For Wilmer Cabrera, the latest stop on his winding career in soccer is Edinburg, Texas. It was an easy decision for the former Colombia national team defender and 1998 World Cup veteran. Cabrera was introduced Wednesday as the first head coach of the Rio Grande Valley FC Toros before a packed auditorium in nearby McAllen, the South Texas city that borders Reynosa, Mexico.
Cabrera’s coaching résumé is a varied one, with four years at the helm of the U.S. Under-17 Residency Program before two years as an assistant coach in MLS and one season as head coach of Chivas USA before the franchise folded last December. After spending the past year scouting nearly every major international tournament in the Western Hemisphere, the opportunity to once again develop young players while joining an MLS franchise was an ideal fit.
“The Houston Dynamo showed they were very interested in me as a coach and my background to develop players and work with professionals," Cabrera told HoustonDynamo.com. "For me, that was one of the key ingredients—I want to be in a place where I am valued as a coach and all the possibilities that I can bring to the club.”
Dynamo general manager Matt Jordan just completed his first year with the club, and among his largest tasks was the launch of a hybrid affiliate for the Dynamo within USL. With a engaged partner in Rio Grande Valley FC and a beautiful 9,400-seat stadium under construction, the next assignment was selecting the club’s first head coach.
“We had a huge amount of interest in the position from coaches who have worked at a very high level,” Jordan said. “We identified Wilmer as a very strong candidate early, but it was important that all of us—Wilmer, Owen (Coyle), Chris (Canetti), Nick (Kowba) and I sat down over the course of a couple days and talked about the project and our goals. Once we visited the RGV area with Wilmer, he really understood how important this was, and the large part he will play.”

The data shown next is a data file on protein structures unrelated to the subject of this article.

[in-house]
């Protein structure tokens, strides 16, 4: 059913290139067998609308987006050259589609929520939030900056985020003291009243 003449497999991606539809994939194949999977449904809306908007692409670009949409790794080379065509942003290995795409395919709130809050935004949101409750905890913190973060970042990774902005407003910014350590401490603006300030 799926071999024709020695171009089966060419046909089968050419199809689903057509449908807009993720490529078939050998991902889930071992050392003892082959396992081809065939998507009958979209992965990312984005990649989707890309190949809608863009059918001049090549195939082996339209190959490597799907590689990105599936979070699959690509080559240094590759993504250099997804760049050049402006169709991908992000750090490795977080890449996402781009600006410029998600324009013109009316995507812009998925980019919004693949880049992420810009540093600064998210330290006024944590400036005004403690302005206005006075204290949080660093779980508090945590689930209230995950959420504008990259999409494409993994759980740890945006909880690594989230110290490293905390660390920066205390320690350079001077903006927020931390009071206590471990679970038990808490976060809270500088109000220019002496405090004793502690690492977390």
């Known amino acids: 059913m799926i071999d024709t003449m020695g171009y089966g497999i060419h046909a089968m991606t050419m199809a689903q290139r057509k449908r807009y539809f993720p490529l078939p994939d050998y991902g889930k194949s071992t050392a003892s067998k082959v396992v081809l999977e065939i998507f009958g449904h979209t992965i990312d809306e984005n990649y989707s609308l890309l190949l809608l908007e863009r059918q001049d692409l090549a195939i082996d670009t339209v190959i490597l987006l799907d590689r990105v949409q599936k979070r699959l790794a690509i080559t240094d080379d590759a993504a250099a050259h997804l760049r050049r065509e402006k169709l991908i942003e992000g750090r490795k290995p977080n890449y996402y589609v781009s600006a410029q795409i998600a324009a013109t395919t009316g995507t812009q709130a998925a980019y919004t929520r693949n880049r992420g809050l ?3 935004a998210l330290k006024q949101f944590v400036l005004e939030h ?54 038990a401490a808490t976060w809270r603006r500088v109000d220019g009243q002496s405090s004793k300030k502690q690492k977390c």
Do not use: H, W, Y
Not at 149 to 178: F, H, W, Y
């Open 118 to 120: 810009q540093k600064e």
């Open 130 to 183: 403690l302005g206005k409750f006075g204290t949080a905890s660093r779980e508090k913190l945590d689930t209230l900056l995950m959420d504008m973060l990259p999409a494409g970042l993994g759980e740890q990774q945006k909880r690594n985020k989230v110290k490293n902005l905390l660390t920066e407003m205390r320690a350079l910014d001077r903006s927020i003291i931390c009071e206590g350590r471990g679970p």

“I went down to McAllen and I met the RGVFC partners,” Carbera said. “I saw the quality and effort they are putting into this project, and I felt very comfortable, and it was an easy decision for me.”
Cabrera lives with his family in Colorado after his two-year stint as an assistant coach for Óscar Pareja with the Colorado Rapids from 2012-13. He spent this year in various roles, including scouting and technical study at several tournaments, including the U-20 World Cup qualifying tournament for South America and the U-20 World Cup in New Zealand.
The former defender, who earned 48 caps for Los Cafeteros, will join the Dynamo first team technical staff whenever possible, including the MLS combine and SuperDraft in January and preseason training later the same month. There, he'll be reunited with sports perfomance director Paul Caffrey, whom he served alongside as an assistant in Colorado then brought to Chivas USA as his primary assistant, and forward Erick Torres, who scored 15 goals for Chivas USA in Cabrera's lone season in charge. He will then run his own preseason in March ahead of the Toros' debut season in USL, the third division in the U.S. Soccer hierarchy and a league that has exploded to 28 teams for the 2016 season.
The Dynamo are one of 12 MLS clubs to control a roster and technical staff in USL, with the other 11 also managing the business operations of the franchise. The Dynamo and RGVFC are the first hybrid affiliation between the leagues.